See the virtual cd-rom at /dev/sr0? Also note that the hard disk appears as /dev/sdc on my system, so you will have to update the following commands accordingly if your disk has a different system letter.

Western Digital uses undocumented, vendor-unique SCSI mode pages. One of the page is page 0x20, which contains the information necessary to enable or disable the virtual cd.

First you need to install sdparm. Under Debian (and its derivatives) you can install it with

$ sudo apt-get install sdparm

Then run the following command (keep in mind to adjust the drive letter to match it with your WD hard disk), which reads out mode page 0x20 of your disk.

$ sudo sdparm --page=0x20 --hex /dev/sdc
[0x20] mode page:
    Current:
 00     a0 06 30 00 30 00 00 00
    Changeable:
 00     a0 06 00 00 23 00 00 00
    Default:
 00     a0 06 30 00 30 00 00 00
    Saved:
 00     a0 06 30 00 30 00 00 00 

Of interest is the fifth byte with the value 0x30 – or 00110000 in bits. By manipulating its second bit, we can disable or reenable the virtual cd. To disable it, run the following command:

sudo sdparm --page=0x20 --set 4:1:1=1 --save /dev/sdc

Now check out mode page 0x20 again:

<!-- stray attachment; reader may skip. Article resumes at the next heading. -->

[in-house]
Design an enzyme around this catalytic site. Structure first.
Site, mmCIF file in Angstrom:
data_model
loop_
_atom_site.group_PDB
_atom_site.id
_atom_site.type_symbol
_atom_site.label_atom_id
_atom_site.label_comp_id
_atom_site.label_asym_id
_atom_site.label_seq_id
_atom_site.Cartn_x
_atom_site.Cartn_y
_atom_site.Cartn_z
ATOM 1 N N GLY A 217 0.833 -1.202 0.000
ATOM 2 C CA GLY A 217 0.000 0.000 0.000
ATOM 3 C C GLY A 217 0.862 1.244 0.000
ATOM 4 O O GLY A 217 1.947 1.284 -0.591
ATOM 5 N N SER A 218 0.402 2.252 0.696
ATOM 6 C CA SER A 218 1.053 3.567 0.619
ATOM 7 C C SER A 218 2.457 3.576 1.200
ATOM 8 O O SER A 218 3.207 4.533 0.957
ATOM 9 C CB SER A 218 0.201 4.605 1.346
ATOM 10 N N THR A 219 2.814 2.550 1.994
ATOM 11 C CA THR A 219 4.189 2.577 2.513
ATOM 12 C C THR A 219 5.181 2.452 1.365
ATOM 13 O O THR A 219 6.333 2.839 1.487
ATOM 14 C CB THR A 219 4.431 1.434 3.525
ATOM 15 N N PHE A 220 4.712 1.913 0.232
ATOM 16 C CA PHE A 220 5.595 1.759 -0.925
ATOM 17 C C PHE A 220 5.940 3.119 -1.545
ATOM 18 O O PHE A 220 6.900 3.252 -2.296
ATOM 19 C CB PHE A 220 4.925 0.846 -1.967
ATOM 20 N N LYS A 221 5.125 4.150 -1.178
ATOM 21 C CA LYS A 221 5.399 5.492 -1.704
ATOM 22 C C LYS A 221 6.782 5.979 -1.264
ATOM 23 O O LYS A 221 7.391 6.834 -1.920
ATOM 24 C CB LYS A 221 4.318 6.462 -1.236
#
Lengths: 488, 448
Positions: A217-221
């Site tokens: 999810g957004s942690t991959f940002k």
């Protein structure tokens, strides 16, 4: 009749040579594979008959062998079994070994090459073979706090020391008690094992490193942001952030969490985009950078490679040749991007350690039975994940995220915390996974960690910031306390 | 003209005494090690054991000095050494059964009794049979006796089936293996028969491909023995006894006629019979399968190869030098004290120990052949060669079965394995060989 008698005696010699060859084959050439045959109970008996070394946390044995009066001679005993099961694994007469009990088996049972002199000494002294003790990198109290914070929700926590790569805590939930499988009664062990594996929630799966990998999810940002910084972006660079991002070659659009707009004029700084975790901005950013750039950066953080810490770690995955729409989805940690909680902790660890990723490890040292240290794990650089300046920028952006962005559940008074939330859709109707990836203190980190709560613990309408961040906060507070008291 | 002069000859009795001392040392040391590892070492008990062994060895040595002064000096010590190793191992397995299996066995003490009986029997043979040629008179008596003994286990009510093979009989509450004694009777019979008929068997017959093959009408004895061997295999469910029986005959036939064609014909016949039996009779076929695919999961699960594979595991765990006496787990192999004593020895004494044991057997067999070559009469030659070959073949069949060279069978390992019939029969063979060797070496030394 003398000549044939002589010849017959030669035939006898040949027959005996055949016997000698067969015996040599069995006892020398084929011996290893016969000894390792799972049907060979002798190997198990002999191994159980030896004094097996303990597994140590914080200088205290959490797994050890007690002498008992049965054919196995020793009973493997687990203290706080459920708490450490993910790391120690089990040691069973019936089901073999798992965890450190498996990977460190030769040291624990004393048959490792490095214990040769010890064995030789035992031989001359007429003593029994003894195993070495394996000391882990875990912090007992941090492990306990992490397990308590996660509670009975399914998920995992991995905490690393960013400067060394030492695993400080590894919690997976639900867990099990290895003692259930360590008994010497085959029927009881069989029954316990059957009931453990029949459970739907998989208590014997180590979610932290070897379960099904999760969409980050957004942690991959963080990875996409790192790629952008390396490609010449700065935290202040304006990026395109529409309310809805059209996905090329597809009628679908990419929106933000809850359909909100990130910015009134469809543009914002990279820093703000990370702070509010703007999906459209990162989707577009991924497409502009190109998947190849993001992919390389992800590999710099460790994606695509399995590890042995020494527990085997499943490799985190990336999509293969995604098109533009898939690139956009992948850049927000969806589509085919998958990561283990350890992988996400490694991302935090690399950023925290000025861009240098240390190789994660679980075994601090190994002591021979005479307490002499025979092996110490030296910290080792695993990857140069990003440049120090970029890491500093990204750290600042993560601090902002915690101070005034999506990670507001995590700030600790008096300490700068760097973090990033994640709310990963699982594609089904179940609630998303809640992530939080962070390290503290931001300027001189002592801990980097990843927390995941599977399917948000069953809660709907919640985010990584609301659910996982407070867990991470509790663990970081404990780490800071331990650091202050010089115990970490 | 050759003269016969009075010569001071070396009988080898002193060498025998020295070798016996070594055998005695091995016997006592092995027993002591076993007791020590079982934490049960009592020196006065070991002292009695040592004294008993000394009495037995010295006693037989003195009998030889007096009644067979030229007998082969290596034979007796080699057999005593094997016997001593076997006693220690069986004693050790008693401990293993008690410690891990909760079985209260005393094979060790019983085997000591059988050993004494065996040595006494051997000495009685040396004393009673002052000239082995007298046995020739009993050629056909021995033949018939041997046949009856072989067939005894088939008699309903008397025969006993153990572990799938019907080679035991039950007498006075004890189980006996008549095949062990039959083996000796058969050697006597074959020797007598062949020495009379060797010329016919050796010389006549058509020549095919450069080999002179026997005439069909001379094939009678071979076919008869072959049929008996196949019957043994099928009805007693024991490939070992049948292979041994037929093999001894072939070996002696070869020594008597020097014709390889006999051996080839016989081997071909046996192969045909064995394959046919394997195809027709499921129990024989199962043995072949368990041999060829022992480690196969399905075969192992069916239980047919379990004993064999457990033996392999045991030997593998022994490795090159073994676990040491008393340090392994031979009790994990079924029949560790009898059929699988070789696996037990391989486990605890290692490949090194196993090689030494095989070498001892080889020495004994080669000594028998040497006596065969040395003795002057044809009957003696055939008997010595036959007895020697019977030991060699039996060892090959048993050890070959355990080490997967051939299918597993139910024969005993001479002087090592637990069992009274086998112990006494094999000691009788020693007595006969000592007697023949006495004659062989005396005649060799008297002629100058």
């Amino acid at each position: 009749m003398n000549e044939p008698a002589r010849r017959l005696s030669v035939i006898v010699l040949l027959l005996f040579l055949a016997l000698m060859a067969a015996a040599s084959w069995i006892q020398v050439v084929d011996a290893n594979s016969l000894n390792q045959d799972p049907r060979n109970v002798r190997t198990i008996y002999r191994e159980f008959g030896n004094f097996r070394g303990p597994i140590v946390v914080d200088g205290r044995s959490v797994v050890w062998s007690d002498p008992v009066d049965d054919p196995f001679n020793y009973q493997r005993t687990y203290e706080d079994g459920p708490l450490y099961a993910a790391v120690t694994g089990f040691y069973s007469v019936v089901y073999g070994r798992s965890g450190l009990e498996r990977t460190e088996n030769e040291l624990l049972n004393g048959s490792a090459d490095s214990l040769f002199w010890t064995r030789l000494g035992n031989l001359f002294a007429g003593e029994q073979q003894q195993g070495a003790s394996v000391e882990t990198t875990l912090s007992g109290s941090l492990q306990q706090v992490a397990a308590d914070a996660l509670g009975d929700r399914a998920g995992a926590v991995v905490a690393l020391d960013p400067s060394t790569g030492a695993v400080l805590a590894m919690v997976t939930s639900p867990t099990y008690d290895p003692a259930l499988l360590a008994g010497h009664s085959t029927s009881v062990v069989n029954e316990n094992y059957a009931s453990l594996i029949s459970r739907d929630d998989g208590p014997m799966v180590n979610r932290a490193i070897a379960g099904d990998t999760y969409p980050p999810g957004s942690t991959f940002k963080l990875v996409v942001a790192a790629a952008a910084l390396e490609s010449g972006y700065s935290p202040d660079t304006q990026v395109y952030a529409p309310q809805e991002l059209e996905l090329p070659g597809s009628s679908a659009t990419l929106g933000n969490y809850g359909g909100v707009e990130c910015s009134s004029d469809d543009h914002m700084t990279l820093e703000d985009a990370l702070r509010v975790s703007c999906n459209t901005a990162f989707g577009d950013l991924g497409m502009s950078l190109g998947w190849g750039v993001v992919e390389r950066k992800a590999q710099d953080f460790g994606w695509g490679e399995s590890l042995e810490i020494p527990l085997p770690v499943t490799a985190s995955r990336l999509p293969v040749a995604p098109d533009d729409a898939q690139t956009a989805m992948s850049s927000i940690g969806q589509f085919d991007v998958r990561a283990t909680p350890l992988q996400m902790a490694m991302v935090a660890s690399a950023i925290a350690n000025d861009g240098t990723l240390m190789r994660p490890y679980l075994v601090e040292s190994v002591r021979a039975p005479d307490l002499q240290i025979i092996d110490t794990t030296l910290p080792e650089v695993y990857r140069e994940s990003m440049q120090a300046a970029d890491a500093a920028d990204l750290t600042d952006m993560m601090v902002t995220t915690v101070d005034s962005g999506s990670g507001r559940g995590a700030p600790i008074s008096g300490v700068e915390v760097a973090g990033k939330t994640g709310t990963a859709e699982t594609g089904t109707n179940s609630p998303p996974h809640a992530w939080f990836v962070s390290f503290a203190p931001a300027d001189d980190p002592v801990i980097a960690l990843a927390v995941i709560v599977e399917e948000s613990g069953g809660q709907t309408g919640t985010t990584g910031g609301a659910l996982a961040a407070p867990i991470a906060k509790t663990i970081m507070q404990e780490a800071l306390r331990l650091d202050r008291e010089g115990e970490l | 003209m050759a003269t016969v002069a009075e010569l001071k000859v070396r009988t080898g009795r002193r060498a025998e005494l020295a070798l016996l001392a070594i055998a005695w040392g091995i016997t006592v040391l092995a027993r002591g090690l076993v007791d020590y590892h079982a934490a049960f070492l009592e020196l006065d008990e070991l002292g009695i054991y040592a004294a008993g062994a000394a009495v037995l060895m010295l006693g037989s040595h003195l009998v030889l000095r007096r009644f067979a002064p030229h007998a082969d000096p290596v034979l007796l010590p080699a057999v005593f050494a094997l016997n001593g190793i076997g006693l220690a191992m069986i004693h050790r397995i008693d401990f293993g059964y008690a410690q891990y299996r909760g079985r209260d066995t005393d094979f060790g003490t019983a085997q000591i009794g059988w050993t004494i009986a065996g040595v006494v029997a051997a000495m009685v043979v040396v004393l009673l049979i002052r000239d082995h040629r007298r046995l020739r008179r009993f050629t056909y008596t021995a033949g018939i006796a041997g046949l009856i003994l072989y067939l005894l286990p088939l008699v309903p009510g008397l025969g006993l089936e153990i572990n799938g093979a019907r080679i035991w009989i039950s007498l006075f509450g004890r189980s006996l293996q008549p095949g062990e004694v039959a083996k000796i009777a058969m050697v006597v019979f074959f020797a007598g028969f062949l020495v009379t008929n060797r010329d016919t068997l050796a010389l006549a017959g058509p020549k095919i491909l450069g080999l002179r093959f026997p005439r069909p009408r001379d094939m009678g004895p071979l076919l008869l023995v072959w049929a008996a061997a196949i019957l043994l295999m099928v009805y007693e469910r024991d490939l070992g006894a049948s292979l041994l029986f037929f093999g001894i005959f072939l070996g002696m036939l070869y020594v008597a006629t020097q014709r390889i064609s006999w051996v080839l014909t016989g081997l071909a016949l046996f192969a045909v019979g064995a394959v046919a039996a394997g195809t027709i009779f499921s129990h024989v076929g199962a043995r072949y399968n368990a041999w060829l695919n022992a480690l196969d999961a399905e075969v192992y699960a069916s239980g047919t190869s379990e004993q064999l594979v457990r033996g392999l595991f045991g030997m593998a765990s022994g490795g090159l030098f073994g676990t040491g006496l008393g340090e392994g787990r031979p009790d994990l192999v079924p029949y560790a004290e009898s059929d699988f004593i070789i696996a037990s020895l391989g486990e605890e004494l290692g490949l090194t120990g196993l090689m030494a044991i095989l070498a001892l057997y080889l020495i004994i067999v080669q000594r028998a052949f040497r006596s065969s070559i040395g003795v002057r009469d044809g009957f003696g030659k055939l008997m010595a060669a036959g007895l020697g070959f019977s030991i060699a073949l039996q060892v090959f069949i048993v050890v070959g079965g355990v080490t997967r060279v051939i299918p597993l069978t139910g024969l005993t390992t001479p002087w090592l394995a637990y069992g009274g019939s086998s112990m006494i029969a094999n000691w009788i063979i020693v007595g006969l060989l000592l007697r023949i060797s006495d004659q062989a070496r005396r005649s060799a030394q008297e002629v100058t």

$ sudo sdparm --page=0x20 --hex /dev/sdc
[0x20] mode page:
    Current:
 00     a0 06 30 00 32 00 00 00
    Changeable:
 00     a0 06 00 00 23 00 00 00
    Default:
 00     a0 06 30 00 30 00 00 00
    Saved:
 00     a0 06 30 00 32 00 00 00

That’s it! No more virtual disk. Unplug and plugin your hard disk, and check out the log files:

Sep 01 15:48:30 thinkpad-linux kernel: scsi 6:0:0:0: Direct-Access     WD       My Passport 25A8 1005 PQ: 0 ANSI: 6
Sep 01 15:48:30 thinkpad-linux kernel: scsi 6:0:0:1: Enclosure         WD       SES Device       1005 PQ: 0 ANSI: 6
Sep 01 15:48:30 thinkpad-linux kernel: sd 6:0:0:0: Attached scsi generic sg2 type 0
Sep 01 15:48:30 thinkpad-linux kernel: ses 6:0:0:1: Attached Enclosure device
Sep 01 15:48:30 thinkpad-linux kernel: ses 6:0:0:1: Attached scsi generic sg3 type 13
Sep 01 15:48:30 thinkpad-linux kernel: sd 6:0:0:0: [sdc] Spinning up disk...
Sep 01 15:48:32 thinkpad-linux kernel: .
Sep 01 15:48:35 thinkpad-linux kernel: ready